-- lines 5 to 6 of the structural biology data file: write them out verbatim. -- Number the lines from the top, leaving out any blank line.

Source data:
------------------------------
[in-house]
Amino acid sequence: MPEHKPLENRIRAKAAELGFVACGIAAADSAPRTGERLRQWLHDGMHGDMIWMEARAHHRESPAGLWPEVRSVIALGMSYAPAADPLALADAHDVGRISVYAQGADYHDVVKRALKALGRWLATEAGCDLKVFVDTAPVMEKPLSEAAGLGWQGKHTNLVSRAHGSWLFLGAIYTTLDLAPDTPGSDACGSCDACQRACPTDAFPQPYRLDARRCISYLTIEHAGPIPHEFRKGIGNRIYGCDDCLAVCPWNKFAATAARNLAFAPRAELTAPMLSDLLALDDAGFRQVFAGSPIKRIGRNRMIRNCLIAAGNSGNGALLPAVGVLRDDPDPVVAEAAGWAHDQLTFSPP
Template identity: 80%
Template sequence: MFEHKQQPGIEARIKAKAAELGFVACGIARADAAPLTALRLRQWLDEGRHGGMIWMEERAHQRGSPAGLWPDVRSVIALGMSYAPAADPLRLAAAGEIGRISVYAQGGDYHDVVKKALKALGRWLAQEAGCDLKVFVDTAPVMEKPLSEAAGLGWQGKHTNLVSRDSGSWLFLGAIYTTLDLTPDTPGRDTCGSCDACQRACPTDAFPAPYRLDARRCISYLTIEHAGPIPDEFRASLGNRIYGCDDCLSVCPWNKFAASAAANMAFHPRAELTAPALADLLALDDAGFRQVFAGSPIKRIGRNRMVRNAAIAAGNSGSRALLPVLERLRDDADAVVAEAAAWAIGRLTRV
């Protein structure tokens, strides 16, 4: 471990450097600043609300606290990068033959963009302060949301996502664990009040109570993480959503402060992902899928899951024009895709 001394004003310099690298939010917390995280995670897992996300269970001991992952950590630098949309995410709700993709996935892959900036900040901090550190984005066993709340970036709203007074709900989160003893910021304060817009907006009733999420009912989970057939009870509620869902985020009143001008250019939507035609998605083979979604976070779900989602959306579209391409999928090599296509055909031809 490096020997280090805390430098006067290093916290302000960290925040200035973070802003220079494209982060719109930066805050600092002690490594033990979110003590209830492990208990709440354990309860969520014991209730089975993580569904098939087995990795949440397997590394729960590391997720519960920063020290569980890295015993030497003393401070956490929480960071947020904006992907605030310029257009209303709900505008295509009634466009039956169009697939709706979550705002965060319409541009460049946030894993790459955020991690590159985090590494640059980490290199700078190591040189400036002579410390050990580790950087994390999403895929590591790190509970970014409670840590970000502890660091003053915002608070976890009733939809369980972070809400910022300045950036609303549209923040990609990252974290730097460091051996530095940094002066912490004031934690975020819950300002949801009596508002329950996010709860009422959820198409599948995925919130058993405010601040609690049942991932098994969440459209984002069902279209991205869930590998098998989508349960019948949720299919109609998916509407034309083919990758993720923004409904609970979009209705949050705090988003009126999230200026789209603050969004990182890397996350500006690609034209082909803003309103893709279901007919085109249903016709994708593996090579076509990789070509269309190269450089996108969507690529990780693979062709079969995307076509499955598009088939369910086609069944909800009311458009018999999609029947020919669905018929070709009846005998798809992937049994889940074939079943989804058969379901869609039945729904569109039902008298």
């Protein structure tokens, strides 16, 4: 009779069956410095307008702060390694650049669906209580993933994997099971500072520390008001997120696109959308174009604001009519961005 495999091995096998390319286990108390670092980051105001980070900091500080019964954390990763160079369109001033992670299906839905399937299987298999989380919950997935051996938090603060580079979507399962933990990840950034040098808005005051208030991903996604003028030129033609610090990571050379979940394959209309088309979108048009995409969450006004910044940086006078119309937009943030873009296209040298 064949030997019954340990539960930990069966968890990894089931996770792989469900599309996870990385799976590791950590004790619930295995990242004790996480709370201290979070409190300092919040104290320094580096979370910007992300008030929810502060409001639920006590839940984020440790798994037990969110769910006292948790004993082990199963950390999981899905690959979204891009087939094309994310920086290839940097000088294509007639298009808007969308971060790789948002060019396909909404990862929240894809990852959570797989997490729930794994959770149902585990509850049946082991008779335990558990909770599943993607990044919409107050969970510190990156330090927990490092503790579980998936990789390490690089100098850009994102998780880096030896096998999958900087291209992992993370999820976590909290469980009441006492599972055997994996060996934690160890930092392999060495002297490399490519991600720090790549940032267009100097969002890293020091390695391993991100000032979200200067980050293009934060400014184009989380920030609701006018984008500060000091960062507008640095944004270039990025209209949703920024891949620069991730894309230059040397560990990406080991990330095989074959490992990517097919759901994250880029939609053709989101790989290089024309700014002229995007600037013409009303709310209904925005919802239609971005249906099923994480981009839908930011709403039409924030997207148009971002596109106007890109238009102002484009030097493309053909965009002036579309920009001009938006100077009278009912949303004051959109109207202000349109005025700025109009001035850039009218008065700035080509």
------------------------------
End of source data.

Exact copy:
């Protein structure tokens, strides 16, 4: 471990450097600043609300606290990068033959963009302060949301996502664990009040109570993480959503402060992902899928899951024009895709 001394004003310099690298939010917390995280995670897992996300269970001991992952950590630098949309995410709700993709996935892959900036900040901090550190984005066993709340970036709203007074709900989160003893910021304060817009907006009733999420009912989970057939009870509620869902985020009143001008250019939507035609998605083979979604976070779900989602959306579209391409999928090599296509055909031809 490096020997280090805390430098006067290093916290302000960290925040200035973070802003220079494209982060719109930066805050600092002690490594033990979110003590209830492990208990709440354990309860969520014991209730089975993580569904098939087995990795949440397997590394729960590391997720519960920063020290569980890295015993030497003393401070956490929480960071947020904006992907605030310029257009209303709900505008295509009634466009039956169009697939709706979550705002965060319409541009460049946030894993790459955020991690590159985090590494640059980490290199700078190591040189400036002579410390050990580790950087994390999403895929590591790190509970970014409670840590970000502890660091003053915002608070976890009733939809369980972070809400910022300045950036609303549209923040990609990252974290730097460091051996530095940094002066912490004031934690975020819950300002949801009596508002329950996010709860009422959820198409599948995925919130058993405010601040609690049942991932098994969440459209984002069902279209991205869930590998098998989508349960019948949720299919109609998916509407034309083919990758993720923004409904609970979009209705949050705090988003009126999230200026789209603050969004990182890397996350500006690609034209082909803003309103893709279901007919085109249903016709994708593996090579076509990789070509269309190269450089996108969507690529990780693979062709079969995307076509499955598009088939369910086609069944909800009311458009018999999609029947020919669905018929070709009846005998798809992937049994889940074939079943989804058969379901869609039945729904569109039902008298």
């Protein structure tokens, strides 16, 4: 009779069956410095307008702060390694650049669906209580993933994997099971500072520390008001997120696109959308174009604001009519961005 495999091995096998390319286990108390670092980051105001980070900091500080019964954390990763160079369109001033992670299906839905399937299987298999989380919950997935051996938090603060580079979507399962933990990840950034040098808005005051208030991903996604003028030129033609610090990571050379979940394959209309088309979108048009995409969450006004910044940086006078119309937009943030873009296209040298 064949030997019954340990539960930990069966968890990894089931996770792989469900599309996870990385799976590791950590004790619930295995990242004790996480709370201290979070409190300092919040104290320094580096979370910007992300008030929810502060409001639920006590839940984020440790798994037990969110769910006292948790004993082990199963950390999981899905690959979204891009087939094309994310920086290839940097000088294509007639298009808007969308971060790789948002060019396909909404990862929240894809990852959570797989997490729930794994959770149902585990509850049946082991008779335990558990909770599943993607990044919409107050969970510190990156330090927990490092503790579980998936990789390490690089100098850009994102998780880096030896096998999958900087291209992992993370999820976590909290469980009441006492599972055997994996060996934690160890930092392999060495002297490399490519991600720090790549940032267009100097969002890293020091390695391993991100000032979200200067980050293009934060400014184009989380920030609701006018984008500060000091960062507008640095944004270039990025209209949703920024891949620069991730894309230059040397560990990406080991990330095989074959490992990517097919759901994250880029939609053709989101790989290089024309700014002229995007600037013409009303709310209904925005919802239609971005249906099923994480981009839908930011709403039409924030997207148009971002596109106007890109238009102002484009030097493309053909965009002036579309920009001009938006100077009278009912949303004051959109109207202000349109005025700025109009001035850039009218008065700035080509």